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The African, Caribbean and European (ACE) Pathways to Care study: a qualitative exploration of similarities and differences between African-origin, Caribbean-origin and European-origin groups in pathways to care for psychosis
  1. Manuela Ferrari1,2,
  2. Nina Flora1,
  3. Kelly K Anderson3,
  4. Andrew Tuck1,
  5. Suzanne Archie4,
  6. Sean Kidd1,5,
  7. Kwame McKenzie1,5
  8. on behalf of the ACE Project Team
  1. 1Centre for Addiction and Mental Health (CAMH), Toronto, Ontario, Canada
  2. 2School of Health Policy and Management, York University, Toronto, Ontario, Canada
  3. 3Department of Epidemiology & Biostatistics, Western University, London, Ontario, Canada
  4. 4Department of Psychiatry and Behavioural Neurosciences, McMaster University, Hamilton, Ontario, Canada
  5. 5Department of Psychiatry, University of Toronto, Toronto, Ontario, Canada
  1. Correspondence to Dr Manuela Ferrari; manuela.ferrari{at}utoronto.ca

Abstract

Objectives This paper reports on a qualitative exploration of the reasons for differences in pathways to care and duration of untreated psychosis (DUP) in the African, Caribbean and European (ACE) Pathways to Care study from the perspective of respondents to the study and their families.

Setting Ontario, Canada.

Participants Thirty-four participants in total. Twenty-five young people who had experienced a first episode of psychosis and nine family members. Participants were part of the ACE Pathways to Care study.

Design We implemented six focus groups. Furthermore, we implemented four in-depth interviews with two African-origin young women, one Caribbean-origin woman, and one European-origin woman with lived experience of psychosis.

Results Factors that influenced help-seeking delays across the three groups were: personal awareness of symptoms, family members’ knowledge of psychotic symptoms and knowledge of mental health services. Youth and their family members described how stigma played a key role in pathways to care by stopping them from asking for help. The way in which stigma operated on the three groups’ members, from feeling ashamed to feeling guilty for their mental illnesses, helped to explain differences in DUP between the groups. Guilt feelings emerged as a prominent theme among members from the African and Caribbean groups and it was not discussed in the European focus group. Delay in entering into first-episode psychosis programmes was also influenced by the stigma perceived by young people in healthcare settings. This had an impact on the therapeutic relationships, disclosure of symptoms and overall trust in the healthcare system.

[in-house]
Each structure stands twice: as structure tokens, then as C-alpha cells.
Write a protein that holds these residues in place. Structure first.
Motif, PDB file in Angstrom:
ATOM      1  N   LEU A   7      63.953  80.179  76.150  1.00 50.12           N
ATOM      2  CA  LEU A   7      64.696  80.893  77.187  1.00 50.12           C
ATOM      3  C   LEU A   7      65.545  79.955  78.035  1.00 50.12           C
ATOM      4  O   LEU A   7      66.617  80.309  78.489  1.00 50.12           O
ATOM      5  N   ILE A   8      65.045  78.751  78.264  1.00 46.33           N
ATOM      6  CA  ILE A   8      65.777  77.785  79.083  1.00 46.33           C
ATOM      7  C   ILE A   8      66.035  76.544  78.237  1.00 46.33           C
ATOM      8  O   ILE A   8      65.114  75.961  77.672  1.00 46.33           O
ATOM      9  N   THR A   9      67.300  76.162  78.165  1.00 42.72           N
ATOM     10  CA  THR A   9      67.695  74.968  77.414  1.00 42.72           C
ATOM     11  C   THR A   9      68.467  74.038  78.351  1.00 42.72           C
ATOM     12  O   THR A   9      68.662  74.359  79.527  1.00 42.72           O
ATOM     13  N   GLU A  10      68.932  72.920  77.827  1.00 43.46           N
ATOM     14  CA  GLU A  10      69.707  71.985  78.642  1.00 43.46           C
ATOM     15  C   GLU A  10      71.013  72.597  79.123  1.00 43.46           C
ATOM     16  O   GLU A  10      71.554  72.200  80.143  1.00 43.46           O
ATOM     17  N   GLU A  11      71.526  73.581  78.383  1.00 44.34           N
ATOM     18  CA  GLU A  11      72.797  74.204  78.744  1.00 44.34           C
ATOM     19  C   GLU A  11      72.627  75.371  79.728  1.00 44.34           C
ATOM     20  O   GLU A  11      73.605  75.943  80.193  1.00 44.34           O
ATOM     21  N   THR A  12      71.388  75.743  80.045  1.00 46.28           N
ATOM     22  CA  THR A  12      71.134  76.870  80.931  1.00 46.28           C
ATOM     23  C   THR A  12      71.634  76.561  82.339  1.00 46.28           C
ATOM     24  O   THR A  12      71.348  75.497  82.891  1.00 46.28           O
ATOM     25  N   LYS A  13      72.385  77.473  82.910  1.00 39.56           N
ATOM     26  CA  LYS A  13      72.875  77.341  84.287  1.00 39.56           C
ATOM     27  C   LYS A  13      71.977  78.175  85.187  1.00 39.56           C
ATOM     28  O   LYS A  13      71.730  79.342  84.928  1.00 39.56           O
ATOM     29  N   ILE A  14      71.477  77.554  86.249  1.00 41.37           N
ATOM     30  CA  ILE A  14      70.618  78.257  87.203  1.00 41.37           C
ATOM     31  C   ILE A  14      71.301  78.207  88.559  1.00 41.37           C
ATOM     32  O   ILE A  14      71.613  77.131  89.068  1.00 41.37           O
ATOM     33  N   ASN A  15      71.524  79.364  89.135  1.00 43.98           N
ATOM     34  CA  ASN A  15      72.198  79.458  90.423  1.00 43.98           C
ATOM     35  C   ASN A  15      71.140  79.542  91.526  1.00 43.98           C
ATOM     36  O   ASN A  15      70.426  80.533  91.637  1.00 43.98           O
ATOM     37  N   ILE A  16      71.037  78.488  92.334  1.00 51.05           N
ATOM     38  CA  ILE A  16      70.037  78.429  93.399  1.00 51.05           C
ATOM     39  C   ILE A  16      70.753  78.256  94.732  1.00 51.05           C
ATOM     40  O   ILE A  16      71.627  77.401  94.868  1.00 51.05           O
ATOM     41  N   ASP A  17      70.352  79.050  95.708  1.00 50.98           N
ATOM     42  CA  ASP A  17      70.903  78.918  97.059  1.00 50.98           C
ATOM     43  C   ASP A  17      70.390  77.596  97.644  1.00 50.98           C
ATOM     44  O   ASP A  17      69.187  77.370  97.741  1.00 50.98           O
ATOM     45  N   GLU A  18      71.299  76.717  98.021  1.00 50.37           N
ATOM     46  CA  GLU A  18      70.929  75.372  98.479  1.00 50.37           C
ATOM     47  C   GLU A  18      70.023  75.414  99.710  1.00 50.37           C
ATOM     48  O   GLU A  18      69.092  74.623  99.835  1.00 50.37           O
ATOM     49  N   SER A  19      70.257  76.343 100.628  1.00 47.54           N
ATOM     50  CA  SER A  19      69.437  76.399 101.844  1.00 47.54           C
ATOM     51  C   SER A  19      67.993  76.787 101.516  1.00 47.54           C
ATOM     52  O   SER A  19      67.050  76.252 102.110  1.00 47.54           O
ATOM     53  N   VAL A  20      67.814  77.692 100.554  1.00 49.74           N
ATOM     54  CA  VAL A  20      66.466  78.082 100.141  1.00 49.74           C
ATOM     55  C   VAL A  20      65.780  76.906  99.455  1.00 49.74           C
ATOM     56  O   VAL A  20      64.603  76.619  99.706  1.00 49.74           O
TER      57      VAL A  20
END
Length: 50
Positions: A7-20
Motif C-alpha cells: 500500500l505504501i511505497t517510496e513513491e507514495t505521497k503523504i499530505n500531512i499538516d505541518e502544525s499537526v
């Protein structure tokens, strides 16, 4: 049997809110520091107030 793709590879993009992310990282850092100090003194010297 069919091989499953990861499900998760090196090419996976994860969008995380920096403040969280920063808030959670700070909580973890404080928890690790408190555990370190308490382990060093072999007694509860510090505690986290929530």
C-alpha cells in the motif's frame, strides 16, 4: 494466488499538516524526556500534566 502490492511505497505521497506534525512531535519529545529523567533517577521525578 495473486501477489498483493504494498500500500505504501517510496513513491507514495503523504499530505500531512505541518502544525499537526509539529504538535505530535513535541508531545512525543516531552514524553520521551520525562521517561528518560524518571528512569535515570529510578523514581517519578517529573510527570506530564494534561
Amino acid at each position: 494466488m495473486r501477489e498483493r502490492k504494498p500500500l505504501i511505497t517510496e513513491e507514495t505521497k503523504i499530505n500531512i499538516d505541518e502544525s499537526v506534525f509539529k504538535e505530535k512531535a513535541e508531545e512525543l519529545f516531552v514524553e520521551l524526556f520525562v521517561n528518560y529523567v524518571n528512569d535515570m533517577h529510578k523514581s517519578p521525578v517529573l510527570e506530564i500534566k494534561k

Conclusions The findings of this paper suggest that stigma, especially internalised stigma, may operate in different ways in European-origin, African-origin and Caribbean-origin groups. These findings could inform the development of more equitable services for people in early stages of psychosis.

  • QUALITATIVE RESEARCH

This is an Open Access article distributed in accordance with the Creative Commons Attribution Non Commercial (CC BY-NC 4.0) license, which permits others to distribute, remix, adapt, build upon this work non-commercially, and license their derivative works on different terms, provided the original work is properly cited and the use is non-commercial. See: http://creativecommons.org/licenses/by-nc/4.0/

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